Sofía Táboas, who lives and works in Mexico City, employs a wide range
of unconventional elements, including edibles, plant life, fire (which
has the potential to communicate not just with humans but also
with extraterrestrial life), welded steel cages that are both decorative
and disturbing, and swimming pool "chunks" shaped into sculptural
forms. With an Arte Povera and minimal art sensibility, her works
crisscross across materials, forms, and sensibilities to surprising and
poetic effect. Robert Preece: Garden on the sea (2008)
is magical. How did it come about?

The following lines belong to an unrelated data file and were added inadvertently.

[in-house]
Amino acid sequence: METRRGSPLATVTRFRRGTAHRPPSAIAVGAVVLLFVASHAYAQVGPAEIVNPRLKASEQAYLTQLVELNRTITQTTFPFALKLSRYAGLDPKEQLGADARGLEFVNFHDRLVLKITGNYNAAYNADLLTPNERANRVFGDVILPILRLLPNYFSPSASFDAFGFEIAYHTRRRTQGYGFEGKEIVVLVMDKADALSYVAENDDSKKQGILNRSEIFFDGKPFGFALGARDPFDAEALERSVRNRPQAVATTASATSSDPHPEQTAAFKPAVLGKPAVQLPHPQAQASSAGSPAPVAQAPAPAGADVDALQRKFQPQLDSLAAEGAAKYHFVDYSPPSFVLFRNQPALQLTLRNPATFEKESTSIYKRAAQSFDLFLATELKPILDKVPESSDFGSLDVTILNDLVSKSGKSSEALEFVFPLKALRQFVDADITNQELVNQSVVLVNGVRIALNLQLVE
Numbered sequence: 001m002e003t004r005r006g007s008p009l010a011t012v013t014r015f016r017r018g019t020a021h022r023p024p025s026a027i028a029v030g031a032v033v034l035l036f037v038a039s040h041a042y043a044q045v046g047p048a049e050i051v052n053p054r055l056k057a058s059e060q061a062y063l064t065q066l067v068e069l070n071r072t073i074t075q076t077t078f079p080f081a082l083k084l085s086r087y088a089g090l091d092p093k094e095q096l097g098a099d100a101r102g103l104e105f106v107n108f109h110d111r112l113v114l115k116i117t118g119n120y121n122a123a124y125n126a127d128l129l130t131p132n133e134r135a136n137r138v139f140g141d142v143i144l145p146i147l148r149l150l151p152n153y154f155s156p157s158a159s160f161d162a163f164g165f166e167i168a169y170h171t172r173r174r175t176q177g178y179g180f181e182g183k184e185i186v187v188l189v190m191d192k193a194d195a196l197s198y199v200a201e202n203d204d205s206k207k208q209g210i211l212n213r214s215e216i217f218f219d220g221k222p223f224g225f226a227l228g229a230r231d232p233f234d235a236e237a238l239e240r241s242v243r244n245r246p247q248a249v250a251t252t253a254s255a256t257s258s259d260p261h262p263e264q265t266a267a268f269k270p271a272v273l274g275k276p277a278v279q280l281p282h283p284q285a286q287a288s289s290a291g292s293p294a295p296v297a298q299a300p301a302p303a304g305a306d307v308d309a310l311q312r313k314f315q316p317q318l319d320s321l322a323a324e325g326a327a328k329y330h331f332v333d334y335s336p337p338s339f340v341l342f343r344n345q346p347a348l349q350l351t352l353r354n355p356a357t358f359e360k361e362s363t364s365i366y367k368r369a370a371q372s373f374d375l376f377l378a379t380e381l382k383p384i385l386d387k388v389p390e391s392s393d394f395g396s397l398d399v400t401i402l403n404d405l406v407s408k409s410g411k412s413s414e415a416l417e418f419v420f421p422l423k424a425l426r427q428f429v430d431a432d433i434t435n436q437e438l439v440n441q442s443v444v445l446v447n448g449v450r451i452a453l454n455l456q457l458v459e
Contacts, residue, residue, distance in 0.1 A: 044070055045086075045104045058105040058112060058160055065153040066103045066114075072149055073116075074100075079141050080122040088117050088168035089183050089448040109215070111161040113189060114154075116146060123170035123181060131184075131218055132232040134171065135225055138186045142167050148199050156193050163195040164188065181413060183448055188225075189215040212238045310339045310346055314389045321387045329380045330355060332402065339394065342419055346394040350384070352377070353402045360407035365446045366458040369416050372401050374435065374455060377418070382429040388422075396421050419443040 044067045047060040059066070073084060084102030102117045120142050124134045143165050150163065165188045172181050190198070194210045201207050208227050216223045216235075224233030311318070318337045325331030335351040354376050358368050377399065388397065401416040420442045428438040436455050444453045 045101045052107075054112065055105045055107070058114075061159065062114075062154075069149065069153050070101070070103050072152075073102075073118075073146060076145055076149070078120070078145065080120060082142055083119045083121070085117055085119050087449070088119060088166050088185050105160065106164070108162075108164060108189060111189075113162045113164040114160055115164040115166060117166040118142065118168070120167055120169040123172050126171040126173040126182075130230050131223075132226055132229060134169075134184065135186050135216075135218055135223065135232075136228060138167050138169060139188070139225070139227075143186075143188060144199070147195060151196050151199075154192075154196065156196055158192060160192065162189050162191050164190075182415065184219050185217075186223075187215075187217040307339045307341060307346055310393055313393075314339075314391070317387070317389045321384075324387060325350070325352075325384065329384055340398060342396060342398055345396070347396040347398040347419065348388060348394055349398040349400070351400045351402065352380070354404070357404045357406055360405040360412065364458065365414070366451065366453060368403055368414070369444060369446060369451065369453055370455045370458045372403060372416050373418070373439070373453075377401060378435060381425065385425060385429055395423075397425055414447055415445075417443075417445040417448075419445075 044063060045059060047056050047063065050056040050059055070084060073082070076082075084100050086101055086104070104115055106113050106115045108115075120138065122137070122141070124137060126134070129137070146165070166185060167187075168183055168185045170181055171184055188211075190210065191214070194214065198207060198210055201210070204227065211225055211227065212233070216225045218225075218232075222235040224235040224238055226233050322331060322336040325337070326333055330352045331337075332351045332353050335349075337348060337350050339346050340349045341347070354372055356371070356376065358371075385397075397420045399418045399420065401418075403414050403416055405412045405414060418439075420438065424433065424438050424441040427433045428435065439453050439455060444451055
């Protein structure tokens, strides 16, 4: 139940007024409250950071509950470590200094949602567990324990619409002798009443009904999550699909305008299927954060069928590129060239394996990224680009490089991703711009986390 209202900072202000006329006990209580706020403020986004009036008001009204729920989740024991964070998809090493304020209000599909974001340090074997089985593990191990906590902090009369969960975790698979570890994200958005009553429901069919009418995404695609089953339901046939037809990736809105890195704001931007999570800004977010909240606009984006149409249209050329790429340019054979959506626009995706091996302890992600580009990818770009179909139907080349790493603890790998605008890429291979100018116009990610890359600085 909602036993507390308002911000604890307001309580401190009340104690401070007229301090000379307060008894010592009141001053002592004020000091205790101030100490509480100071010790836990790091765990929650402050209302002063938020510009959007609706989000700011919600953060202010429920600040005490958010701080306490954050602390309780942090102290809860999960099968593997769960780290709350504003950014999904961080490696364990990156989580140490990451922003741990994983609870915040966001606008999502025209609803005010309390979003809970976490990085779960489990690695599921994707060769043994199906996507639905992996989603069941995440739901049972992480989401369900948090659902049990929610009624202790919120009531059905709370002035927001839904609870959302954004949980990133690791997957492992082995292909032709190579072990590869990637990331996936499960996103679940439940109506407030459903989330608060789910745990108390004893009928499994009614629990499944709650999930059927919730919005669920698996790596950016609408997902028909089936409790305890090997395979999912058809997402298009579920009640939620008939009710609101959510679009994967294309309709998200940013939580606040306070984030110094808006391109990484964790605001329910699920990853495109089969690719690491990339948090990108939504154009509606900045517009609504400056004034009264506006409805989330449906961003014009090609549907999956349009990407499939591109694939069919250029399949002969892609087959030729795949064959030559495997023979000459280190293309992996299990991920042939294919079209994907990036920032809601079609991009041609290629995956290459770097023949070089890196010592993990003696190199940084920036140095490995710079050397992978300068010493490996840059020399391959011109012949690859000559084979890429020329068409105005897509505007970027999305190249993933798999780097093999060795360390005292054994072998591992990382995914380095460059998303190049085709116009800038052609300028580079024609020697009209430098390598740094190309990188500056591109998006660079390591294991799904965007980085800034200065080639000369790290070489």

Sofía Táboas: I'm interested in putting
together two elements that we usually find
separated--in this case, trees and plants
living on a boat floating in the water. To
suddenly see them on the horizon makes for
a particularly strange and special effect.
Auguste Rodin, Reclining Woman, undated. Terra cotta and granite,
7.5 x 13.375 x 7.1875 in.